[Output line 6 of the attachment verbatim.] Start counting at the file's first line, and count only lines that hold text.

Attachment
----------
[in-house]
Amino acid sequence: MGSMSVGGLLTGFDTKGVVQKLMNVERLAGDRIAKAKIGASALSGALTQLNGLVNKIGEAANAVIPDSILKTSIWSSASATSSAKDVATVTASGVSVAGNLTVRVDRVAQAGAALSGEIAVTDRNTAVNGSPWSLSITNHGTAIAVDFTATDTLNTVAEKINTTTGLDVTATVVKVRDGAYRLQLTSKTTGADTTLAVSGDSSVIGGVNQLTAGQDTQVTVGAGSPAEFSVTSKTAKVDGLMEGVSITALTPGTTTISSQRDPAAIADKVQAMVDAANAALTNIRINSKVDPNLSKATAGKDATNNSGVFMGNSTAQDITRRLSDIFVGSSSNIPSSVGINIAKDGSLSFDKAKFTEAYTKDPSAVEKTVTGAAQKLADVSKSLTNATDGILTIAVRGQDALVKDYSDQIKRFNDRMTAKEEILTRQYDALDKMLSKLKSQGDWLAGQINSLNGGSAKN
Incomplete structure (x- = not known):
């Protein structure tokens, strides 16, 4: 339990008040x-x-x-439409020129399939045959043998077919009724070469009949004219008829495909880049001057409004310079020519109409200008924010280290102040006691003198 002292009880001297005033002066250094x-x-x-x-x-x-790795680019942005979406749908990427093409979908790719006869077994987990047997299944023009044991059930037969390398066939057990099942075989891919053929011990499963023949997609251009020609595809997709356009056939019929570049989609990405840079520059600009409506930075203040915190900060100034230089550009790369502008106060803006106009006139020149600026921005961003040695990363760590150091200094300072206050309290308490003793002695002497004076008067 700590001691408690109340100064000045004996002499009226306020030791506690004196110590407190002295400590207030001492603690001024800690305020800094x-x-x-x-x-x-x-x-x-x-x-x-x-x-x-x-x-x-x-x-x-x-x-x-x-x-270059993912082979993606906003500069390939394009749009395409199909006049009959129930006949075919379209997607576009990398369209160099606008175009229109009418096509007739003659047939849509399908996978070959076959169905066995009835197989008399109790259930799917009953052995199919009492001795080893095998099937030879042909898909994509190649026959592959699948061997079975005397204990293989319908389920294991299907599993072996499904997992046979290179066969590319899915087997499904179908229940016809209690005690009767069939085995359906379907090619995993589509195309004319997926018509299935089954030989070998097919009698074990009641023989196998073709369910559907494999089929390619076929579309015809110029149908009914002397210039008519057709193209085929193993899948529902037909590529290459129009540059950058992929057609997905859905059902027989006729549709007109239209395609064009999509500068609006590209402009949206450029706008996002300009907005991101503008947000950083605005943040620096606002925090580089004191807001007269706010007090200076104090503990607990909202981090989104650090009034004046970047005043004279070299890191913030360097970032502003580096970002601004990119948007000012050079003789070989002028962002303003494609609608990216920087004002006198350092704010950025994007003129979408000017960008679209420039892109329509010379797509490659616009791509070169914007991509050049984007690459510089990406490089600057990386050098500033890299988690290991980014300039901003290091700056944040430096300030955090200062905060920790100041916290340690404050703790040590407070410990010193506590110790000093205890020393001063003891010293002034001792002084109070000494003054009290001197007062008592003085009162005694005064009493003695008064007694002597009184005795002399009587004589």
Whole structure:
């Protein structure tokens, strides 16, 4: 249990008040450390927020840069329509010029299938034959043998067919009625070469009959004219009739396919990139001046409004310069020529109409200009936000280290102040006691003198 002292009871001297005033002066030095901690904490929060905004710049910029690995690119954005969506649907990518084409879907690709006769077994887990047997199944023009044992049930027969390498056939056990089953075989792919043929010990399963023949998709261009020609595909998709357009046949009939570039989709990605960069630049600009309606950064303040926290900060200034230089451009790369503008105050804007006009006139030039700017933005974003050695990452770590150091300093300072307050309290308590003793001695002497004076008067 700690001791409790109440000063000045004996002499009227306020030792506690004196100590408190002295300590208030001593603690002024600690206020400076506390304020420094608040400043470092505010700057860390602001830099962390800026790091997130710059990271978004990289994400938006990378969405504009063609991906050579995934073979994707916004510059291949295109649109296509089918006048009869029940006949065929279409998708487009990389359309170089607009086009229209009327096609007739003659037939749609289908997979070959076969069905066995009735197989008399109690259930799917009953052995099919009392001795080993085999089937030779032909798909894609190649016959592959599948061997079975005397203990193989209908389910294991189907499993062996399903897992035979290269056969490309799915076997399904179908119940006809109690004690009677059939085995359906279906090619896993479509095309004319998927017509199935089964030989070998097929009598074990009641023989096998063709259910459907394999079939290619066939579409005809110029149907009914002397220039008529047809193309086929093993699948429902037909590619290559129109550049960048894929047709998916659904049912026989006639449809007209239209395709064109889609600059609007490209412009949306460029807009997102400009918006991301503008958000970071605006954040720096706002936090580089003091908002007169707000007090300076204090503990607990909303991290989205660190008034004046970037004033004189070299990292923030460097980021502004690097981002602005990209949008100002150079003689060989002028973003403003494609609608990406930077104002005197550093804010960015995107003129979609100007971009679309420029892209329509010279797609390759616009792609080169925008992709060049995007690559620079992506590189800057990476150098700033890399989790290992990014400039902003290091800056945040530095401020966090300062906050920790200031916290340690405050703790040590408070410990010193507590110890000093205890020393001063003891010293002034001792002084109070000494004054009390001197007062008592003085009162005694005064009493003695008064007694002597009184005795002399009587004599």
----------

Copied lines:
């Protein structure tokens, strides 16, 4: 249990008040450390927020840069329509010029299938034959043998067919009625070469009959004219009739396919990139001046409004310069020529109409200009936000280290102040006691003198 002292009871001297005033002066030095901690904490929060905004710049910029690995690119954005969506649907990518084409879907690709006769077994887990047997199944023009044992049930027969390498056939056990089953075989792919043929010990399963023949998709261009020609595909998709357009046949009939570039989709990605960069630049600009309606950064303040926290900060200034230089451009790369503008105050804007006009006139030039700017933005974003050695990452770590150091300093300072307050309290308590003793001695002497004076008067 700690001791409790109440000063000045004996002499009227306020030792506690004196100590408190002295300590208030001593603690002024600690206020400076506390304020420094608040400043470092505010700057860390602001830099962390800026790091997130710059990271978004990289994400938006990378969405504009063609991906050579995934073979994707916004510059291949295109649109296509089918006048009869029940006949065929279409998708487009990389359309170089607009086009229209009327096609007739003659037939749609289908997979070959076969069905066995009735197989008399109690259930799917009953052995099919009392001795080993085999089937030779032909798909894609190649016959592959599948061997079975005397203990193989209908389910294991189907499993062996399903897992035979290269056969490309799915076997399904179908119940006809109690004690009677059939085995359906279906090619896993479509095309004319998927017509199935089964030989070998097929009598074990009641023989096998063709259910459907394999079939290619066939579409005809110029149907009914002397220039008529047809193309086929093993699948429902037909590619290559129109550049960048894929047709998916659904049912026989006639449809007209239209395709064109889609600059609007490209412009949306460029807009997102400009918006991301503008958000970071605006954040720096706002936090580089003091908002007169707000007090300076204090503990607990909303991290989205660190008034004046970037004033004189070299990292923030460097980021502004690097981002602005990209949008100002150079003689060989002028973003403003494609609608990406930077104002005197550093804010960015995107003129979609100007971009679309420029892209329509010279797609390759616009792609080169925008992709060049995007690559620079992506590189800057990476150098700033890399989790290992990014400039902003290091800056945040530095401020966090300062906050920790200031916290340690405050703790040590408070410990010193507590110890000093205890020393001063003891010293002034001792002084109070000494004054009390001197007062008592003085009162005694005064009493003695008064007694002597009184005795002399009587004599």